It has been a while since my last post, and a lot has happened in the interim. Summer turned to Fall, schedules got crazier, and Simon has had a few more seizures. Not knowing what else to do medication-wise we decided to do an overnight EEG (electroencephalogram) with Simon to see if we could capture any information on his seizures that would help lead to more targeted treatment.
The EEG itself is non-invasive -- basically a whole bunch of sticky electrodes are placed all over the head and chest of the person being tested -- but it was still pretty traumatic for our little guy. I did my best to make the test as easy on him as I could, preparing him through viewing social stories and you tube videos of the process, and then trying to put a positive spin on it (I called it a "hospital sleepover with stickers!" I even brought popcorn and a new video), but he wasn't having any of it. As soon as he saw a hospital bed and a bunch of wires he imploded and we spent the first several hours of the test just trying to calm him down and hook him up. Eventually, we succeeded and he did fall asleep. The next morning the technician unhooked us and we were sent home after being told it would be 2 weeks before we could see any results.
I doubted we would find anything from the EEG. Our doctor wanted to keep Simon on his meds for it to get a "baseline" view and he had no seizures while we watched over him (all...night...long). I left thinking that the effort was futile and we would have to repeat the process another time without medication in order to learn anything.
I was half right.
We will be repeating the process, many more times, but not because we didn't catch anything. As it turns out, we caught a lot.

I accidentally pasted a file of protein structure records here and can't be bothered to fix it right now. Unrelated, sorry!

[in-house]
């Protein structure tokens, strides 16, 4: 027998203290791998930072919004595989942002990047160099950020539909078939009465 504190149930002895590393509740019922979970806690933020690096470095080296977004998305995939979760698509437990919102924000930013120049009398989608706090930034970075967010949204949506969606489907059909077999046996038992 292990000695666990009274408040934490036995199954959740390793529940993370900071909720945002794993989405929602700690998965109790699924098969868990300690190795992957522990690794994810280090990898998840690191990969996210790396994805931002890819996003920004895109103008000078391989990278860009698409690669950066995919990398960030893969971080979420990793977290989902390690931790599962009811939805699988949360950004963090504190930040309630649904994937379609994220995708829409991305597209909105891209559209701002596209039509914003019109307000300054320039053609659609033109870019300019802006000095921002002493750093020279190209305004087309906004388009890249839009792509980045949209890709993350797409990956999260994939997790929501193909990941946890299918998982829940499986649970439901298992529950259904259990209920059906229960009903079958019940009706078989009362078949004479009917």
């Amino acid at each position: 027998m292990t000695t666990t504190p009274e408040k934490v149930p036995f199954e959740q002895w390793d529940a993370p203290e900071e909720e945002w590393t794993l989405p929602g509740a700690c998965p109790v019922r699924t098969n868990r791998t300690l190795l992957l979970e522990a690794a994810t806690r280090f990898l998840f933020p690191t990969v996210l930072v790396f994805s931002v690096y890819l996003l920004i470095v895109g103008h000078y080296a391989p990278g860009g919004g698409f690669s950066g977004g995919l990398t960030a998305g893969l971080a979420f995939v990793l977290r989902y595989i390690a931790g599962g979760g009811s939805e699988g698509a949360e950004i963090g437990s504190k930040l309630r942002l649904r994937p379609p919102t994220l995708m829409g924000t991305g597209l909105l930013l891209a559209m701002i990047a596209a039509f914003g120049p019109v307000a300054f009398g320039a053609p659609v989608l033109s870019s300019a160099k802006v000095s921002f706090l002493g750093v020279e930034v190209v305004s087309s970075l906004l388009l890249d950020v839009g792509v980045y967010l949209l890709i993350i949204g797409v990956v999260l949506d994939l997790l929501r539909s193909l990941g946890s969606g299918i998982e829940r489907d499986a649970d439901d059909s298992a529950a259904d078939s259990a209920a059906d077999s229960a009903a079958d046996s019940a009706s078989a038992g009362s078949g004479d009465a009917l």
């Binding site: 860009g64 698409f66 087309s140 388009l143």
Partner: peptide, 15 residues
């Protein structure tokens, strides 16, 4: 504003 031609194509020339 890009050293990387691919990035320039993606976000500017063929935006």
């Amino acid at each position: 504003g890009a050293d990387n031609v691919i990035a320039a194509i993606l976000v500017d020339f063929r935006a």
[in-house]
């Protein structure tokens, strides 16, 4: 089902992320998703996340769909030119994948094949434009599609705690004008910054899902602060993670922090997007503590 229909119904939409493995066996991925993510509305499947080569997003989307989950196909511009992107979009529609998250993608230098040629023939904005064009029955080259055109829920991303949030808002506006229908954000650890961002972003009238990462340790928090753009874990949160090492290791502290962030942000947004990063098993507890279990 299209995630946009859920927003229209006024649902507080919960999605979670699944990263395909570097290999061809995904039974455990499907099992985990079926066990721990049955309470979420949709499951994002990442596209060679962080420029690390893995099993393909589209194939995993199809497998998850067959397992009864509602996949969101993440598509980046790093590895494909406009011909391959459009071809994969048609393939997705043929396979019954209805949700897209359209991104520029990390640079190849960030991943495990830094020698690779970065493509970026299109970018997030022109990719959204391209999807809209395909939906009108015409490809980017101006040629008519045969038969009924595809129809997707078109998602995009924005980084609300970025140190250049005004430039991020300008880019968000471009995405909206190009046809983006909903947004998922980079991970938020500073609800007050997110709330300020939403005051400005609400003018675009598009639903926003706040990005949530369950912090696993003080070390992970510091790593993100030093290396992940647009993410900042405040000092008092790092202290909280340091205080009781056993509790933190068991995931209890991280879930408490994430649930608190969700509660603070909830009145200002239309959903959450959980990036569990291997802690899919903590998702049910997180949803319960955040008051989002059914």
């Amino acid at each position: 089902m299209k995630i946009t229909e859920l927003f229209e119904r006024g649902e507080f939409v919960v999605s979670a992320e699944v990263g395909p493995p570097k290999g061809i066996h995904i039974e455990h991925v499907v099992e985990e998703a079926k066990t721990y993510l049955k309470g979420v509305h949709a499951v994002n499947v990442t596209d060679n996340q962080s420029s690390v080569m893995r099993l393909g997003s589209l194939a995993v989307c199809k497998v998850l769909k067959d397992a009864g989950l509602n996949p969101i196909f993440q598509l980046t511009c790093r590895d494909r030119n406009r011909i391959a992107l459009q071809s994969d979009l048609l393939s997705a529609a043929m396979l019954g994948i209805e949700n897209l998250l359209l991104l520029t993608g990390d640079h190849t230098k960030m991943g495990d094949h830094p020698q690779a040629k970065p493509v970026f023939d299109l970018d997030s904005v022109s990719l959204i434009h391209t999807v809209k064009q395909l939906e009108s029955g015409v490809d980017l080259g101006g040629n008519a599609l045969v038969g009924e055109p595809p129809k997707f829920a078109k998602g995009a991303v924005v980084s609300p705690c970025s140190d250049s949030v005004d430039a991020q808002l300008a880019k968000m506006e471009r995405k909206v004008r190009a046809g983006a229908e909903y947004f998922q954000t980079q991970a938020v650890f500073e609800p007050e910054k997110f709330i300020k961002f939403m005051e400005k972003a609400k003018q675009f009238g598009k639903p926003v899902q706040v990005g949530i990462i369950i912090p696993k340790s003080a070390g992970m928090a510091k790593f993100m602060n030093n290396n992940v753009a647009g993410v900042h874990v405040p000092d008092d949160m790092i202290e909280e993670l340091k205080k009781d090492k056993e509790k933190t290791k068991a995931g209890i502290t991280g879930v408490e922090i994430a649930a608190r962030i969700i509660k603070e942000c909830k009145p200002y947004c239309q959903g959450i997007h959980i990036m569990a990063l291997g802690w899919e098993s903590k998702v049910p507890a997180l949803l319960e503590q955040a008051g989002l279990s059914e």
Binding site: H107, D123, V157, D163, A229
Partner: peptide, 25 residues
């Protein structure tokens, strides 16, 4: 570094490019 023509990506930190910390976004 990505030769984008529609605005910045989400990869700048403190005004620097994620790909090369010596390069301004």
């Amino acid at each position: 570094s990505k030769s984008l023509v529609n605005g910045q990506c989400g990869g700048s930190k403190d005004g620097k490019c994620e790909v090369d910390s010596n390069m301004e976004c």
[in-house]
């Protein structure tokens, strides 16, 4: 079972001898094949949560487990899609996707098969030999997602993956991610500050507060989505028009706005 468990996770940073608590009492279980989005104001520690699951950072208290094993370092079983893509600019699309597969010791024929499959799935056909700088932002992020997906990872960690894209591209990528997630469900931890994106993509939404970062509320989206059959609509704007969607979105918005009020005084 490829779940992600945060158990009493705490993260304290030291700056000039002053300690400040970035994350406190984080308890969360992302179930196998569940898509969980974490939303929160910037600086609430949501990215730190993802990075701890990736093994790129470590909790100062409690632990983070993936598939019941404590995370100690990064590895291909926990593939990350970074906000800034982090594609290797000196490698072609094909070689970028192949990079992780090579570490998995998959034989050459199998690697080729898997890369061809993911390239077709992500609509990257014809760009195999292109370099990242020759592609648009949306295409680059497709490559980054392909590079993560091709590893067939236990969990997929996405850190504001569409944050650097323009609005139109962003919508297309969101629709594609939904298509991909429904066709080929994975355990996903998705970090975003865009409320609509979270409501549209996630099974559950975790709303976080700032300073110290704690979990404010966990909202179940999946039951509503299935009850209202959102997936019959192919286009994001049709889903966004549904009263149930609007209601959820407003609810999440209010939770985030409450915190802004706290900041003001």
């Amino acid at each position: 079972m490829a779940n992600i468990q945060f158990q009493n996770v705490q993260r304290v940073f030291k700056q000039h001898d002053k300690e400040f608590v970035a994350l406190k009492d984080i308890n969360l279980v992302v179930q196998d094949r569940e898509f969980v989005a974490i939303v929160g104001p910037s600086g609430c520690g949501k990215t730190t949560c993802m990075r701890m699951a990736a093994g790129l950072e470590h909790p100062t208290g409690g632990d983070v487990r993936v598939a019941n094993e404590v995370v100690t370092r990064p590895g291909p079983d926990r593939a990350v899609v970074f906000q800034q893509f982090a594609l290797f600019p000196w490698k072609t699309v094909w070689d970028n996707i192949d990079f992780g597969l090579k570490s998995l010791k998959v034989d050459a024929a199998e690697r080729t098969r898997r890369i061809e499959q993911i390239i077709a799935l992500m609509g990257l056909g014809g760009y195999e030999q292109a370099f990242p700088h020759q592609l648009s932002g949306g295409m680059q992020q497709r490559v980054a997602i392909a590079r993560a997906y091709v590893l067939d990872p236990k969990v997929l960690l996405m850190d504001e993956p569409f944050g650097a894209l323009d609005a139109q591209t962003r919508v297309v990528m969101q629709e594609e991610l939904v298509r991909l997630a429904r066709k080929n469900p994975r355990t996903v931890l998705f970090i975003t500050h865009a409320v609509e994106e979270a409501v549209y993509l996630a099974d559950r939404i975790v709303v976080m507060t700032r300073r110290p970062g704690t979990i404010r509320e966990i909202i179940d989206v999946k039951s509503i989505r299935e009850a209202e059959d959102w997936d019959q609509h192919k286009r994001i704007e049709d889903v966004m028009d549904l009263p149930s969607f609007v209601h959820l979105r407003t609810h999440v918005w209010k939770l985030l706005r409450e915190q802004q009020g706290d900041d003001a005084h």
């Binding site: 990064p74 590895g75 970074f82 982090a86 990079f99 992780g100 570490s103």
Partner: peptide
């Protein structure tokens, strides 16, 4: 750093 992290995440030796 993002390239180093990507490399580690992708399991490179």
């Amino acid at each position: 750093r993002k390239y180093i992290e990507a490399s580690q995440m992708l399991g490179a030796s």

Monday I got a call from our Neurologist saying that the results were in, they were interpreting them, and she wanted to let me know that they had noticed some abnormalities. She asked me a lot of questions about Simon's development and progress. She specifically wanted to know when we started to notice any autism-like behaviors. She explained that there are epilepsy syndromes related to the abnormalities they found and she needed to do more research to be sure of what we were dealing with.
I tried not to freak out (too much).
Over the course of the week there was a lot more discussion between myself and the KKI neurology team about Simon's EEG. Finally, he was diagnosed with ESES -- Electrical Status Epilepticus of Sleep. People who have this condition experience many, many sub clinical seizures (a sub clinical seizure is a seizure in which the brain activity is epileptic but there are no outward visible signs of seizure). Sometimes they have them while awake, but they mostly occur while sleeping. Over time, the constant seizure activity can erode a person's cognitive and physical abilities. It can cause language and communication delays (and therefore is sometimes mistaken for autism) and behavioral changes. It can even cause psychosis.
We learned that for over 85% of Simon's non-REM sleep he is having seizures, and that he also experiences them while awake. We also learned that this condition is very, very rare. So rare that there isn't a statistical prognosis or a set course of known effective action. So rare that no matter how many times I google it I only come up with the same handful of articles (which mostly state how rare the condition is). So rare that most doctors have never dealt with it and there is only one person with enough understanding and experience in it to be considered an expert.
Fortunately, that expert is no further away than NYU, and doubly fortunate he seems to be a very nice and knowledgeable physician who doesn't mind answering a very worried mom's millions of questions for nearly an hour this morning. His name is Dr. James Riviello and we have an appointment with him on Thursday of this week.
So, we are headed to NY in a couple of days and I am picking the blog back up. I know that somewhere out there there is another worried mother whose baby has just been diagnosed with a rare disease... maybe even ESES. For her, and for the many people that love us and hold us in the light, I'm writing again. Pray for miracles -- we need them.